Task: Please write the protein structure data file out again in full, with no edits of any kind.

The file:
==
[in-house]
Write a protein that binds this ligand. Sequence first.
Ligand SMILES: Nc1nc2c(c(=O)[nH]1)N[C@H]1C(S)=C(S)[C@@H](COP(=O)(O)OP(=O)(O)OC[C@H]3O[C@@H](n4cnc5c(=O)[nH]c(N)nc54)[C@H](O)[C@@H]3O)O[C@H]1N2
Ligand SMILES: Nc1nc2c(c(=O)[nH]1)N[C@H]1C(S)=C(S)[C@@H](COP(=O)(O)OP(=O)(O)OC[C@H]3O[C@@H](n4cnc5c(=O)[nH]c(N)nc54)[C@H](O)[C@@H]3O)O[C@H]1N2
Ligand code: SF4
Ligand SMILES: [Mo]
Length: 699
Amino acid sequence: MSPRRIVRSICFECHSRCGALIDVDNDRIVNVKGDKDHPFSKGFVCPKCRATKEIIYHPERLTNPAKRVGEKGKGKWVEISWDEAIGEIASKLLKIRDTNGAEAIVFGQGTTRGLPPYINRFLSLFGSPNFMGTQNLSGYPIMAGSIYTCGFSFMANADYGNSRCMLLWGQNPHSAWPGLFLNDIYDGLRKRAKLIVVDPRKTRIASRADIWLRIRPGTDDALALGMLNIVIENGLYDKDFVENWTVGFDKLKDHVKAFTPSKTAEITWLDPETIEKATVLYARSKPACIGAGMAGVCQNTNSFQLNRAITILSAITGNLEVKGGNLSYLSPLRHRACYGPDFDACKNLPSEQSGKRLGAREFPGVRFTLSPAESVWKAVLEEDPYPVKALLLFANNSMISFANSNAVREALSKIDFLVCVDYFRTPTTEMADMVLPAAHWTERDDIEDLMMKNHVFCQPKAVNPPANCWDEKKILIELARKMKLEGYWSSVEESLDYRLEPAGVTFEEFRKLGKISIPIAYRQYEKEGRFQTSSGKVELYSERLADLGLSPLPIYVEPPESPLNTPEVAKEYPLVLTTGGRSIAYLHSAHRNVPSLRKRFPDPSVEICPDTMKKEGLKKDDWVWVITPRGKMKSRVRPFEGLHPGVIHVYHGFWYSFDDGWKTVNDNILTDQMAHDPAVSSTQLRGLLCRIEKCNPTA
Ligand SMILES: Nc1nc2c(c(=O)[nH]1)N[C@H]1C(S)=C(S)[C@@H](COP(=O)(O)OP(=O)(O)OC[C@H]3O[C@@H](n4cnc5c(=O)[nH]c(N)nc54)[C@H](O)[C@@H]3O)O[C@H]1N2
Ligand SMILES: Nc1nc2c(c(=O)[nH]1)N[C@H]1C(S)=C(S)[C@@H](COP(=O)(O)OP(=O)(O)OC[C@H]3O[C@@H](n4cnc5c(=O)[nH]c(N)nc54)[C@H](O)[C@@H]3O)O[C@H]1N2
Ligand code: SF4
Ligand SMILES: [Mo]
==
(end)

[in-house]
Write a protein that binds this ligand. Sequence first.
Ligand SMILES: Nc1nc2c(c(=O)[nH]1)N[C@H]1C(S)=C(S)[C@@H](COP(=O)(O)OP(=O)(O)OC[C@H]3O[C@@H](n4cnc5c(=O)[nH]c(N)nc54)[C@H](O)[C@@H]3O)O[C@H]1N2
Ligand SMILES: Nc1nc2c(c(=O)[nH]1)N[C@H]1C(S)=C(S)[C@@H](COP(=O)(O)OP(=O)(O)OC[C@H]3O[C@@H](n4cnc5c(=O)[nH]c(N)nc54)[C@H](O)[C@@H]3O)O[C@H]1N2
Ligand code: SF4
Ligand SMILES: [Mo]
Length: 699
Amino acid sequence: MSPRRIVRSICFECHSRCGALIDVDNDRIVNVKGDKDHPFSKGFVCPKCRATKEIIYHPERLTNPAKRVGEKGKGKWVEISWDEAIGEIASKLLKIRDTNGAEAIVFGQGTTRGLPPYINRFLSLFGSPNFMGTQNLSGYPIMAGSIYTCGFSFMANADYGNSRCMLLWGQNPHSAWPGLFLNDIYDGLRKRAKLIVVDPRKTRIASRADIWLRIRPGTDDALALGMLNIVIENGLYDKDFVENWTVGFDKLKDHVKAFTPSKTAEITWLDPETIEKATVLYARSKPACIGAGMAGVCQNTNSFQLNRAITILSAITGNLEVKGGNLSYLSPLRHRACYGPDFDACKNLPSEQSGKRLGAREFPGVRFTLSPAESVWKAVLEEDPYPVKALLLFANNSMISFANSNAVREALSKIDFLVCVDYFRTPTTEMADMVLPAAHWTERDDIEDLMMKNHVFCQPKAVNPPANCWDEKKILIELARKMKLEGYWSSVEESLDYRLEPAGVTFEEFRKLGKISIPIAYRQYEKEGRFQTSSGKVELYSERLADLGLSPLPIYVEPPESPLNTPEVAKEYPLVLTTGGRSIAYLHSAHRNVPSLRKRFPDPSVEICPDTMKKEGLKKDDWVWVITPRGKMKSRVRPFEGLHPGVIHVYHGFWYSFDDGWKTVNDNILTDQMAHDPAVSSTQLRGLLCRIEKCNPTA
Ligand SMILES: Nc1nc2c(c(=O)[nH]1)N[C@H]1C(S)=C(S)[C@@H](COP(=O)(O)OP(=O)(O)OC[C@H]3O[C@@H](n4cnc5c(=O)[nH]c(N)nc54)[C@H](O)[C@@H]3O)O[C@H]1N2
Ligand SMILES: Nc1nc2c(c(=O)[nH]1)N[C@H]1C(S)=C(S)[C@@H](COP(=O)(O)OP(=O)(O)OC[C@H]3O[C@@H](n4cnc5c(=O)[nH]c(N)nc54)[C@H](O)[C@@H]3O)O[C@H]1N2
Ligand code: SF4
Ligand SMILES: [Mo]